COLLEEN RUTHERFORD me, without prejudice. It seemed a natural progression when Doug and I were married for us to both become National Arabian judges in Australia. Tell us a little bit about the derivative breeds that you have in Australia. This could take several pages! The Arabian Horse Society of Australia is split into several sections in which you can register derivatives. Our derivatives are spectacular functional horses and ponies of all sizes suitable for children to adults. There is no limit to the high percentage of Arabian blood with the lowest acceptable amount of 12 ½%.

• Warmblood Arabians are becoming extremely popular; the Arabian giving the beauty and lightness, while the Warmblood helps create outstanding moving performance horses with a mind for the job at hand. • The Quarab is one of the smaller registry’s in Australia, but again, produces great performance horses. • Stock Horse Arabians are a performance horse suitable for all purposes. • A Partbred Arabian is any % of Arabian and any height. Some look like purebreds, others exhibiting the smallest percentage of Arabian. This can make for interesting judging in an open class. You need to look for both without showing bias to type and/or jeopardizing conformation, form or function. If you could resurrect any 2 horses, who would they be and why? I owned two wonderful Arabian mares I wish were both still with me today. I would love to have them to breed the champions of today—I have no doubt they would.

Colleen with Crown Affair, who she judged to 2014 Summer Show Reserve Junior Champion Gelding.

158 | ARABIAN HORSE TIMES

Australia has had the best of both worlds in creating its own families of Arabians horses. We imported from Europe, giving us movement and natural tail carriage; our American imports have given us the smooth bodies, longer necks and finer throats. The


A JUDGES PERSPECTIVE

that I would never have had the opportunity to see. I have met so many fabulous likeminded people, and have had the opportunity to judge and co-judge with a number of international judges from Europe and the USA. Cindy Reich, Francesco Santoro, Bruce McCrea, Shannon Armstrong, and the 2000 Australian National Championships with Jerzy Białobok and Mark Himmel, are just a few of the wonderful breeders and judges I have had the pleasure to meet through the Arabian horse. Colleen judging at the 2014 Summer Show.

horses winning in the show ring today in Australia are a wonderful combination of all of the above, clearly evident in their pedigrees. In addition, many stunning Arabian horses are being exported overseas and many more are in the barns of small and large breeding farms waiting for their chance to shine. Australians have historically placed a lot of importance on the soundness of their horses’ feet and legs. Many breeders have one or two foals a year which may become work stock on large farms or outback stations; they might end up becoming mum’s dressage horse or the children’s pony club mount, and others are destined for the show ring.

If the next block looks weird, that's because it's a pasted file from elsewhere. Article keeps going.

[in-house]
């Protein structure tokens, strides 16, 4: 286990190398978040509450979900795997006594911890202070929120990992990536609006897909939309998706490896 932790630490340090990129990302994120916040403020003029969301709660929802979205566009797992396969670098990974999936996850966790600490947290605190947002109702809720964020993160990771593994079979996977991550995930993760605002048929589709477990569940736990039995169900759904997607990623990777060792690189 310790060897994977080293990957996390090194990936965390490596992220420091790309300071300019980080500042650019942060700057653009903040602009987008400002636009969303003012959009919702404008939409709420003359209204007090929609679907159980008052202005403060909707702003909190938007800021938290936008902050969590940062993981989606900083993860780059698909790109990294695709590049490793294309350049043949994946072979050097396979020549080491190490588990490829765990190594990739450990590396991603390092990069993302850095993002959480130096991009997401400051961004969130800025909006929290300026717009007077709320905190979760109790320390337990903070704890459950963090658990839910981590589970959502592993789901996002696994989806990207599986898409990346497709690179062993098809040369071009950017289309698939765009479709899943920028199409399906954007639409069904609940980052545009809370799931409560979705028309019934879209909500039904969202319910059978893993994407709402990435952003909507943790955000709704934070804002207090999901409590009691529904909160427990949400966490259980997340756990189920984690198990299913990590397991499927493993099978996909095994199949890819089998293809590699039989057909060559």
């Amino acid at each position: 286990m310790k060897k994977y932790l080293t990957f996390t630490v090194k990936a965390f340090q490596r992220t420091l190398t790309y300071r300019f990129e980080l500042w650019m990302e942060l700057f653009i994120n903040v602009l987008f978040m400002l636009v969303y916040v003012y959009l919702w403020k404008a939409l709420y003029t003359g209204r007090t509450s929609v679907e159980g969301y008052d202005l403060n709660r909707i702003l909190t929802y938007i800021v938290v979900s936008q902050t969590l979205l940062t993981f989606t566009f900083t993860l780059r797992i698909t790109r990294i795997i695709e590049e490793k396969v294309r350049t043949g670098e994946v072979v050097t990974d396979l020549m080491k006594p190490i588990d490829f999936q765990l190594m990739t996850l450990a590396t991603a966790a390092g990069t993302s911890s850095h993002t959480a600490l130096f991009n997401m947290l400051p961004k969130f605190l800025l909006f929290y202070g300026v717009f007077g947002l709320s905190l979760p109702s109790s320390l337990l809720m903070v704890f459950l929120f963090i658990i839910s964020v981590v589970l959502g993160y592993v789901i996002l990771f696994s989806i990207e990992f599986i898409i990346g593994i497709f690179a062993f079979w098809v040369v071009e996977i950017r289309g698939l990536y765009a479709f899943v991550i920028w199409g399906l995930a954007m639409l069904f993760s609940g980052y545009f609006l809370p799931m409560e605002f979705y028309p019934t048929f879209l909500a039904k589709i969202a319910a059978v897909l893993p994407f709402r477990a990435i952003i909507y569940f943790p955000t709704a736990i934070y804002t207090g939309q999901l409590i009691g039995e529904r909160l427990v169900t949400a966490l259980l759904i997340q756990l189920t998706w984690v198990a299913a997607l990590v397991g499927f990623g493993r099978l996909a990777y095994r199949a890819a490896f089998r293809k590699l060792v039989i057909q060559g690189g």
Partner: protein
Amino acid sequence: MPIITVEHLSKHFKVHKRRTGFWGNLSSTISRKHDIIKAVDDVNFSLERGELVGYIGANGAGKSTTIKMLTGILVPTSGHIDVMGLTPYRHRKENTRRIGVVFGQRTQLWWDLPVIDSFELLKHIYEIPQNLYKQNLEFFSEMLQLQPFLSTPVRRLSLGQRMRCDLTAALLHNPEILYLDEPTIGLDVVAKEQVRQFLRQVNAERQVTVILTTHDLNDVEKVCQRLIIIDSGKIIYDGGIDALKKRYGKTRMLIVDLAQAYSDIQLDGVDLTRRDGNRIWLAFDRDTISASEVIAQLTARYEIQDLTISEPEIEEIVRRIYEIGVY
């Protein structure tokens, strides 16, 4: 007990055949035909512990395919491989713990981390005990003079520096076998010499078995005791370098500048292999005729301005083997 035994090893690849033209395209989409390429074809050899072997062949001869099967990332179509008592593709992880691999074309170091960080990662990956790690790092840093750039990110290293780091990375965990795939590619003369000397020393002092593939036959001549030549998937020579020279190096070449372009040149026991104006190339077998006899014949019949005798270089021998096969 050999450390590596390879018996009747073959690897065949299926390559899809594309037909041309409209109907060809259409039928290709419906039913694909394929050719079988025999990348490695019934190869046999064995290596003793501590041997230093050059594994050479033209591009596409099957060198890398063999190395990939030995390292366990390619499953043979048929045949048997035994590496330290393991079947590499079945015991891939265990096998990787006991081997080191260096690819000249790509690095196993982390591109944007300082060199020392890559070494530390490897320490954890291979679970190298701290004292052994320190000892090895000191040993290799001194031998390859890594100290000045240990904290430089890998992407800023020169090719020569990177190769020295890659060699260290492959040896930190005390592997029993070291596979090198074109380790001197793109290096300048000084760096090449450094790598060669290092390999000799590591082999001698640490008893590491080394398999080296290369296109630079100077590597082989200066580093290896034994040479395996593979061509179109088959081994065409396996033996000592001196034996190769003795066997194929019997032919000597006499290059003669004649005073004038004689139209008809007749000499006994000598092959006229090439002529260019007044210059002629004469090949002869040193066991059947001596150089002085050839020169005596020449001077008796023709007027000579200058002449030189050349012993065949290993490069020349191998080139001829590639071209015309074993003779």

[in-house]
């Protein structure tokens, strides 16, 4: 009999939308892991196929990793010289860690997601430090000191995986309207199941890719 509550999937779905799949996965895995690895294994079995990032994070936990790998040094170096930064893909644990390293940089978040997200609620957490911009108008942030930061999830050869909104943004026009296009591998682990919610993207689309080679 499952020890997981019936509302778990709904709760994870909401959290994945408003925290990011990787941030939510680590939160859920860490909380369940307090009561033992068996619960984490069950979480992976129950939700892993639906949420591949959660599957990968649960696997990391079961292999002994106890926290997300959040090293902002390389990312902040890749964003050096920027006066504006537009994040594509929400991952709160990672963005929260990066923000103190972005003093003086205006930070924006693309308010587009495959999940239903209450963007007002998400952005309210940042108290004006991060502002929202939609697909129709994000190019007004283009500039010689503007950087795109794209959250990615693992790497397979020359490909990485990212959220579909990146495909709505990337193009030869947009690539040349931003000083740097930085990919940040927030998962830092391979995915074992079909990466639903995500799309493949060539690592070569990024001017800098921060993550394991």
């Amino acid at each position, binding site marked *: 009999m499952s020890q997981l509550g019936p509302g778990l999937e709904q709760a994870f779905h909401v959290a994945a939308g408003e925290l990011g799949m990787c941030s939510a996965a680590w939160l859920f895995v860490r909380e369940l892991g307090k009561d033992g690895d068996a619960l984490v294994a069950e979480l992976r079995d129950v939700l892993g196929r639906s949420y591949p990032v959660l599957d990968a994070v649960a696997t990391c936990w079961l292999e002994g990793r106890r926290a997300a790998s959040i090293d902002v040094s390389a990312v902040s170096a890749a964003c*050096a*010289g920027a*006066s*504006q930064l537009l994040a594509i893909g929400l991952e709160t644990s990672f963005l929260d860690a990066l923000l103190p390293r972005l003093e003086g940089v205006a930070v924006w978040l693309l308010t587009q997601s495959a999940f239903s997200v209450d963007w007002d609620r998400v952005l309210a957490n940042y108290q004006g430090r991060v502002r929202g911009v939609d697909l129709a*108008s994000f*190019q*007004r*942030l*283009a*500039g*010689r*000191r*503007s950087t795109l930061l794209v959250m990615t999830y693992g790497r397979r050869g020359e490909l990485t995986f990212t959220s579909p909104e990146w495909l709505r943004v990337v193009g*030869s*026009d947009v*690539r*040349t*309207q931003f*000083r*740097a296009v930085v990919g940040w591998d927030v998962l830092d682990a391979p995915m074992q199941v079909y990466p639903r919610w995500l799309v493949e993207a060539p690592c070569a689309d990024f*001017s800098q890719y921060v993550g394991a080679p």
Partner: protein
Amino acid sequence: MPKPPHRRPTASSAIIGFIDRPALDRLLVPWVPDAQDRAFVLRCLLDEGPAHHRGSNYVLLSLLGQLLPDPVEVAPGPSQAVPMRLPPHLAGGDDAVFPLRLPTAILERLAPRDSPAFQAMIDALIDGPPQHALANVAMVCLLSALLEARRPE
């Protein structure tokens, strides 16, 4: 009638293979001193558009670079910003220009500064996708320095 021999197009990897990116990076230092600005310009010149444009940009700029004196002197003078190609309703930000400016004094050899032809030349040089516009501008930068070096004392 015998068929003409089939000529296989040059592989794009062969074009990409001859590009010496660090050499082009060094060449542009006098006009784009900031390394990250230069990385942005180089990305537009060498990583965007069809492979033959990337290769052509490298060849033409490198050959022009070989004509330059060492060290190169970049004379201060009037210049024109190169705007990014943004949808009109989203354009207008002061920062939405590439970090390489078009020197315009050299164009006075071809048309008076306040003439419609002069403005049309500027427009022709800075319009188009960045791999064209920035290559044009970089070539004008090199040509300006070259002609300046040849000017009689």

Do you prefer the desert or the ocean? That’s difficult! I love the vastness of deserts; the colors and vistas. I look into a desert and I am in awe of pioneers, the history and the hardships they endured. But then, to watch the sun rise over the Pacific Ocean makes you grateful for the life we have. I have seen many sunrises over the Pacific now and before I return to Australia I want to watch at least one sunset over the North Pacific. What other destinations while in the U.S. do you plan to visit? Desert and ocean! I really want to see Monument Valley; I want to walk barefoot on the ground. I must see the Grand Canyon, of course, and hopefully Santa Ynez Valley that I hear so much about. And if time permits, Yosemite National Park, with a drive down the Pacific Coast to L.A. So, if you see us driving down the wrong side of the road, please be kind and point us in the right direction! n

Opportunities brought into Australia with frozen semen from throughout the world have opened up a whole new ball game, giving us a more accessible opportunity to breed to some of the world’s leading sires. What women before you in the Arabian breed did you learn the most from? Years ago I attended every seminar I could, often travelling long distances. Val Males, Leslie Dowey and Daphne McCrae, three knowledgeable Australian ladies, were instrumental with setting judges exams, formed ‘The Standard of Excellence’ in Australia and taught Doug and I about the breeding horse. How has the Arabian horse enriched your life? I have traveled to cities and parts of our wide vast land

Colleen and Doug Rutherford with daughter Kelli Greene of Arabians Australia.

Volume 45, No. 11 | 159

Judge Colleen Rutherford